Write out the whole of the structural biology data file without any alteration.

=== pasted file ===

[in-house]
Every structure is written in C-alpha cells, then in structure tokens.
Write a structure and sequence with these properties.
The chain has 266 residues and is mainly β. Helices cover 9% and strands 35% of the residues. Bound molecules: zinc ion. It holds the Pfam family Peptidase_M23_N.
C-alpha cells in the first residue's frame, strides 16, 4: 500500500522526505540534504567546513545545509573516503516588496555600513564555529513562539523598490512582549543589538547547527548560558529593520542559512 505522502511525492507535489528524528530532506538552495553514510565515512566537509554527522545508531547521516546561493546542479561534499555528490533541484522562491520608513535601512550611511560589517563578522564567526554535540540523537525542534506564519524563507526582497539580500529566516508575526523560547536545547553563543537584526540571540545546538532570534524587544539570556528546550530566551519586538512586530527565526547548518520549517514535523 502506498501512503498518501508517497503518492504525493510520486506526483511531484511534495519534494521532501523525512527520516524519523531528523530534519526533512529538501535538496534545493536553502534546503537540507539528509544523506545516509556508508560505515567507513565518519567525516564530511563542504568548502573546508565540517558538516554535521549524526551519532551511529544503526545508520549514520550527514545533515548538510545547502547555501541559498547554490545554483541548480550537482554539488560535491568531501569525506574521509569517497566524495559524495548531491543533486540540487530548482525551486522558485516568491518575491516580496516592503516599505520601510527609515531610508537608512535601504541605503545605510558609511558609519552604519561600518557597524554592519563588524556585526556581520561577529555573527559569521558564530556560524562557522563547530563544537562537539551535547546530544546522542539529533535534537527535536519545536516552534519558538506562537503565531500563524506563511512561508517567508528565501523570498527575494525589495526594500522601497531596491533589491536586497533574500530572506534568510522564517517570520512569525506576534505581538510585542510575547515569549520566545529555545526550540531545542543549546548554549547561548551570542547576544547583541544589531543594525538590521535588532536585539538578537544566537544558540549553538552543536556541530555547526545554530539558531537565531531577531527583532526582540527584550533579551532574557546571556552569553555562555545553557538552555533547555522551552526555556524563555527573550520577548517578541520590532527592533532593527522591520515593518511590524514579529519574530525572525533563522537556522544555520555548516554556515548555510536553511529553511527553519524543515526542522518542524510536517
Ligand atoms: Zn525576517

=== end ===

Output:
[in-house]
Every structure is written in C-alpha cells, then in structure tokens.
Write a structure and sequence with these properties.
The chain has 266 residues and is mainly β. Helices cover 9% and strands 35% of the residues. Bound molecules: zinc ion. It holds the Pfam family Peptidase_M23_N.
C-alpha cells in the first residue's frame, strides 16, 4: 500500500522526505540534504567546513545545509573516503516588496555600513564555529513562539523598490512582549543589538547547527548560558529593520542559512 505522502511525492507535489528524528530532506538552495553514510565515512566537509554527522545508531547521516546561493546542479561534499555528490533541484522562491520608513535601512550611511560589517563578522564567526554535540540523537525542534506564519524563507526582497539580500529566516508575526523560547536545547553563543537584526540571540545546538532570534524587544539570556528546550530566551519586538512586530527565526547548518520549517514535523 502506498501512503498518501508517497503518492504525493510520486506526483511531484511534495519534494521532501523525512527520516524519523531528523530534519526533512529538501535538496534545493536553502534546503537540507539528509544523506545516509556508508560505515567507513565518519567525516564530511563542504568548502573546508565540517558538516554535521549524526551519532551511529544503526545508520549514520550527514545533515548538510545547502547555501541559498547554490545554483541548480550537482554539488560535491568531501569525506574521509569517497566524495559524495548531491543533486540540487530548482525551486522558485516568491518575491516580496516592503516599505520601510527609515531610508537608512535601504541605503545605510558609511558609519552604519561600518557597524554592519563588524556585526556581520561577529555573527559569521558564530556560524562557522563547530563544537562537539551535547546530544546522542539529533535534537527535536519545536516552534519558538506562537503565531500563524506563511512561508517567508528565501523570498527575494525589495526594500522601497531596491533589491536586497533574500530572506534568510522564517517570520512569525506576534505581538510585542510575547515569549520566545529555545526550540531545542543549546548554549547561548551570542547576544547583541544589531543594525538590521535588532536585539538578537544566537544558540549553538552543536556541530555547526545554530539558531537565531531577531527583532526582540527584550533579551532574557546571556552569553555562555545553557538552555533547555522551552526555556524563555527573550520577548517578541520590532527592533532593527522591520515593518511590524514579529519574530525572525533563522537556522544555520555548516554556515548555510536553511529553511527553519524543515526542522518542524510536517
Ligand atoms: Zn525576517